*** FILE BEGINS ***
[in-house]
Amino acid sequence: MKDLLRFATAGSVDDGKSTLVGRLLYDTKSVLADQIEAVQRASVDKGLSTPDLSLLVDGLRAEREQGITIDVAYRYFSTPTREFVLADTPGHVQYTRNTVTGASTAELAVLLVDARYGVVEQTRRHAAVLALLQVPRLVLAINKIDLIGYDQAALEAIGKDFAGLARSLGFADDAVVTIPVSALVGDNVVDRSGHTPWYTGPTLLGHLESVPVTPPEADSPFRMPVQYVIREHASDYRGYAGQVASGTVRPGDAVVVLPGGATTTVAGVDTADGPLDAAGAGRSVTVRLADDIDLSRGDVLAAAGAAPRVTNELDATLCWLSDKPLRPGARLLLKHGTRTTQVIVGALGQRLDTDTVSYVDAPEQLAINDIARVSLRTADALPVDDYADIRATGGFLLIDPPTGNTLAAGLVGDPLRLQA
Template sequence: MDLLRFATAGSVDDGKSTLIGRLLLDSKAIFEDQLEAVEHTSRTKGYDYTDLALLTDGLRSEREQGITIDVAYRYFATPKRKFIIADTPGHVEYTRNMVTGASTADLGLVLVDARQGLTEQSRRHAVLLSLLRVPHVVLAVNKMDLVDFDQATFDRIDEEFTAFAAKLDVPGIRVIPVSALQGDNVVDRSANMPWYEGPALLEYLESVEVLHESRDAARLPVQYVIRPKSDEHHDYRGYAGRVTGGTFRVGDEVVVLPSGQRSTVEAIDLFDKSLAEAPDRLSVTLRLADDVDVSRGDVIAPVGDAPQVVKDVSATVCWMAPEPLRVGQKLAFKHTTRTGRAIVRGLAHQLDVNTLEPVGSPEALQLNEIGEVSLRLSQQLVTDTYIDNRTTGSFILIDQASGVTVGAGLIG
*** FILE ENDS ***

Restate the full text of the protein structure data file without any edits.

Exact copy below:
[in-house]
Amino acid sequence: MKDLLRFATAGSVDDGKSTLVGRLLYDTKSVLADQIEAVQRASVDKGLSTPDLSLLVDGLRAEREQGITIDVAYRYFSTPTREFVLADTPGHVQYTRNTVTGASTAELAVLLVDARYGVVEQTRRHAAVLALLQVPRLVLAINKIDLIGYDQAALEAIGKDFAGLARSLGFADDAVVTIPVSALVGDNVVDRSGHTPWYTGPTLLGHLESVPVTPPEADSPFRMPVQYVIREHASDYRGYAGQVASGTVRPGDAVVVLPGGATTTVAGVDTADGPLDAAGAGRSVTVRLADDIDLSRGDVLAAAGAAPRVTNELDATLCWLSDKPLRPGARLLLKHGTRTTQVIVGALGQRLDTDTVSYVDAPEQLAINDIARVSLRTADALPVDDYADIRATGGFLLIDPPTGNTLAAGLVGDPLRLQA
Template sequence: MDLLRFATAGSVDDGKSTLIGRLLLDSKAIFEDQLEAVEHTSRTKGYDYTDLALLTDGLRSEREQGITIDVAYRYFATPKRKFIIADTPGHVEYTRNMVTGASTADLGLVLVDARQGLTEQSRRHAVLLSLLRVPHVVLAVNKMDLVDFDQATFDRIDEEFTAFAAKLDVPGIRVIPVSALQGDNVVDRSANMPWYEGPALLEYLESVEVLHESRDAARLPVQYVIRPKSDEHHDYRGYAGRVTGGTFRVGDEVVVLPSGQRSTVEAIDLFDKSLAEAPDRLSVTLRLADDVDVSRGDVIAPVGDAPQVVKDVSATVCWMAPEPLRVGQKLAFKHTTRTGRAIVRGLAHQLDVNTLEPVGSPEALQLNEIGEVSLRLSQQLVTDTYIDNRTTGSFILIDQASGVTVGAGLIG